TUCSON (KVOA) - There have been six deaths at the Pima County Jail since January. The causes, however, vary.
Six deaths have been recorded in eight months, according to officials.
A retired jail commander told News 4 Tucson that it's not just an issue in Pima County, but around the country. In Pima County, Sheriff Chris Nanos explained that each case must be looked at individually.
"Some of the deaths at the jail have, in my eyes, been preventable. Some have not," Nanos said.
Jail officials said on Jan. 18, Jesus Aguilar Figueroa was jailed on charges including child molestation and sexual abuse. Reports later declared that Figueroa died of COVID-19.
Three days later on Jan. 21, Norberto Medican Beltran was arrested for child abuse and aggravated DUI, among other charges. He also died of COVID-19.
On May 31, Justin Crook who was in for a parole violation died after 24 hours of a drug overdose after getting booked.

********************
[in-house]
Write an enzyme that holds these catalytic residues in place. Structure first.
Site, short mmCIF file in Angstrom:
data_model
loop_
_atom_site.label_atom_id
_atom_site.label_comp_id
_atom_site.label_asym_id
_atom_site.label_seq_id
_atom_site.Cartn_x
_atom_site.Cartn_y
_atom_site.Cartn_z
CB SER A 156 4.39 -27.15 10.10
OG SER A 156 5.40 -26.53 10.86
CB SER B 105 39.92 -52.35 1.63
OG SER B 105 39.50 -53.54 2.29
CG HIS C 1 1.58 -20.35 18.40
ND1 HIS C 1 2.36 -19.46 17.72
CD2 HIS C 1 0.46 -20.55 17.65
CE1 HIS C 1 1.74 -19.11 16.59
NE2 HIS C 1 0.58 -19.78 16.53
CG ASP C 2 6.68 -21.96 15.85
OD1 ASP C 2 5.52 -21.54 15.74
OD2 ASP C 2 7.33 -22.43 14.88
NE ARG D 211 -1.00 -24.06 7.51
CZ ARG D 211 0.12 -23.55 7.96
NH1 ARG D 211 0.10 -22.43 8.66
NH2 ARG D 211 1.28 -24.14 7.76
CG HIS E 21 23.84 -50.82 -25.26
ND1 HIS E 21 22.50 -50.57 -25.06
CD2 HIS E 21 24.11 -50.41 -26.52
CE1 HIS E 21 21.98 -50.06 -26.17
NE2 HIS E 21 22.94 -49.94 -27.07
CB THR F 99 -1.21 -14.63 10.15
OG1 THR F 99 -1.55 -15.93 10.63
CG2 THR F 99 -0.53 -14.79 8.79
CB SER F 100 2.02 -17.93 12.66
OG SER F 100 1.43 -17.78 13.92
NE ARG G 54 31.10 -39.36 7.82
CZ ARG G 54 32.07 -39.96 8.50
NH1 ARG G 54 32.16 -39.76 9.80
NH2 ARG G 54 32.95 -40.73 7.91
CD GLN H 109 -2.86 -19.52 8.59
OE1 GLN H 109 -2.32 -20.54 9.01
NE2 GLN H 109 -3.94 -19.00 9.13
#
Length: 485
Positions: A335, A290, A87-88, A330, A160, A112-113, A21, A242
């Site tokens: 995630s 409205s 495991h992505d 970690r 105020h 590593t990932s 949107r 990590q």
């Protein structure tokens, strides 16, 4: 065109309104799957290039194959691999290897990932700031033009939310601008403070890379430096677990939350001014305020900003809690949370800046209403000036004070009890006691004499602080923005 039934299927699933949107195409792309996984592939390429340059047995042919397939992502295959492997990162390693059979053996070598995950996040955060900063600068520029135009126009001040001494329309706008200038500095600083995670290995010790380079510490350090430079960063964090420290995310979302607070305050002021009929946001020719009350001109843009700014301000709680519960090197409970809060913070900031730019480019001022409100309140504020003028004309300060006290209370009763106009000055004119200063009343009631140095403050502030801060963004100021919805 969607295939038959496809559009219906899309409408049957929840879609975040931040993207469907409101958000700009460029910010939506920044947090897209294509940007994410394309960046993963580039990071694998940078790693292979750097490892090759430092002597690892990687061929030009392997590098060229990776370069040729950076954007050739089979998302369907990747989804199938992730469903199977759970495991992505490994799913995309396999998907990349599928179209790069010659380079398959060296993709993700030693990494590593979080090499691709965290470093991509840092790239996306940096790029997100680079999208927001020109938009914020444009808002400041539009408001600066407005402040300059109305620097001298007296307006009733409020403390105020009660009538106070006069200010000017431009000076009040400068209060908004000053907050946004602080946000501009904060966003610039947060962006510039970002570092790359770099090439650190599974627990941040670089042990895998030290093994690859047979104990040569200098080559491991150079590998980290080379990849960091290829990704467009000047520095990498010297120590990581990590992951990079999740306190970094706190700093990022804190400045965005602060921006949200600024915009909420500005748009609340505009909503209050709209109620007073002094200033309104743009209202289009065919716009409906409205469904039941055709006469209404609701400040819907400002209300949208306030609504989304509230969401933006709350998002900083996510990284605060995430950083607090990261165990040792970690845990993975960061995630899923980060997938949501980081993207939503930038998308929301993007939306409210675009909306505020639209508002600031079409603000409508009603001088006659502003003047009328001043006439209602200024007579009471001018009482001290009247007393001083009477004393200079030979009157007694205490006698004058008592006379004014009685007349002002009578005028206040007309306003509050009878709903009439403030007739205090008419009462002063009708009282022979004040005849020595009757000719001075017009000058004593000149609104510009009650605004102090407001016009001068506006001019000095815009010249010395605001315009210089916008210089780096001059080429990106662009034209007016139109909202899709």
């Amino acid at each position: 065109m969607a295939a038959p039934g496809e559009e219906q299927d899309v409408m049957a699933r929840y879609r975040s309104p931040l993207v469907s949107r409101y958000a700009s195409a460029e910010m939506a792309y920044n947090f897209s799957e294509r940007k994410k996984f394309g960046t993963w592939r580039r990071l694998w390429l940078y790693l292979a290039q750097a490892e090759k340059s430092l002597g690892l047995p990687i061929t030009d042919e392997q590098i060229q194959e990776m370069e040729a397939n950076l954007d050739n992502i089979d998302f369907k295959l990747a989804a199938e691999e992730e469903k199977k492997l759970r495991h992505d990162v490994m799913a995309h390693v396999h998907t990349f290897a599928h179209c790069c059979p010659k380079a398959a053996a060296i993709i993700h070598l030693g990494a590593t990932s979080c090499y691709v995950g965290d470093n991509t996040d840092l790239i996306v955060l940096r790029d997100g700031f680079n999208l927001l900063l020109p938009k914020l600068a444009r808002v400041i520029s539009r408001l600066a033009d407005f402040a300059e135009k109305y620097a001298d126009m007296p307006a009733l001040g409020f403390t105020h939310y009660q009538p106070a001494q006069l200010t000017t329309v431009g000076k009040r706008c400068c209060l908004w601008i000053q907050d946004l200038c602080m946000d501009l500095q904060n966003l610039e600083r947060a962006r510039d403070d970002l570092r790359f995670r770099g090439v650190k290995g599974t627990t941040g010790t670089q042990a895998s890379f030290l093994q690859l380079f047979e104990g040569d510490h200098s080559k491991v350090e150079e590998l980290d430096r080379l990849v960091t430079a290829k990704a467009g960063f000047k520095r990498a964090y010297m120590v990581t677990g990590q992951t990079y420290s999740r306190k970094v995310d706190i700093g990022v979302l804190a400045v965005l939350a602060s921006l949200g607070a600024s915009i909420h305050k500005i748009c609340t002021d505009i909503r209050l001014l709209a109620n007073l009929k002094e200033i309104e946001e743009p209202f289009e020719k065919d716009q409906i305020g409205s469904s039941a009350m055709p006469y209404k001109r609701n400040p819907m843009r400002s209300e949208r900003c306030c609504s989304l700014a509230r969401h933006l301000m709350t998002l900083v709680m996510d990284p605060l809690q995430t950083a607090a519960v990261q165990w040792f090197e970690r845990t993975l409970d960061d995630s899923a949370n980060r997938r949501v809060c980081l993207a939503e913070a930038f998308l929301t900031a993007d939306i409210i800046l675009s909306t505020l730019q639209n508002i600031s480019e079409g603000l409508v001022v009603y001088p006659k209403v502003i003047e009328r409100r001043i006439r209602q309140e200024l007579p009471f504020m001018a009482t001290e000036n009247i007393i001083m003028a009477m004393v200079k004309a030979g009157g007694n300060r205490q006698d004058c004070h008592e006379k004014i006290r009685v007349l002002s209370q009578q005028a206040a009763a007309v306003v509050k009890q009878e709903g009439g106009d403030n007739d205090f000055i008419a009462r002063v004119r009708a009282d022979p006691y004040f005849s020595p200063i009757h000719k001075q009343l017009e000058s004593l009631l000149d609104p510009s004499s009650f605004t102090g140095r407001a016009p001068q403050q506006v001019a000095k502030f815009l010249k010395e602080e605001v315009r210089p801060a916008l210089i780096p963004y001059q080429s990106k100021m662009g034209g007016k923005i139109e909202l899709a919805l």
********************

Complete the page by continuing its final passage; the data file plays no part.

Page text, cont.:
On June 4, Jack Dixon died by suicide. He was facing three felony charges.
On July 21, Weldon Ellis who's charges included identity theft, died of natural causes.
Patino Cruz, facing failure to appear in court and burglary charges also died of natural causes on Aug. 3.
The numbers of in-custody deaths in the last four years are as listed:
- 2017 - Six
- 2018 - Nine
- 2019 - Five
- 2020 - Eight
This year so far, there have been six deaths with four months left in the year.
Sean Stewart worked at Pima County Jail for nearly 30 years. He retired six months ago and now travels the country consulting.
"I'm hired frequently on in-custody deaths, whether it be suicide, or natural causes or drug overdoses," Stewart said.
When asked why he thought there has been an increase of deaths nationwide, Stewart said that "it's a national trend."
"I believe people are getting booked in a lot unhealthier than they used to be," he added.
Stewart also said the overdose deaths are an issue.
"I don't know if that's because of the strength of the drugs that they're using on the streets or what's going on," he said. "But, I don't think this is just zero doubt in Pima County Jail. I think this is a national issue, it's a national crisis."
Sherriff Nanos said it's a crisis that needs to be addressed and believes one in-custody death is one too many.
Officials are working with mental health and medical providers as well as prosecutors to address this issue.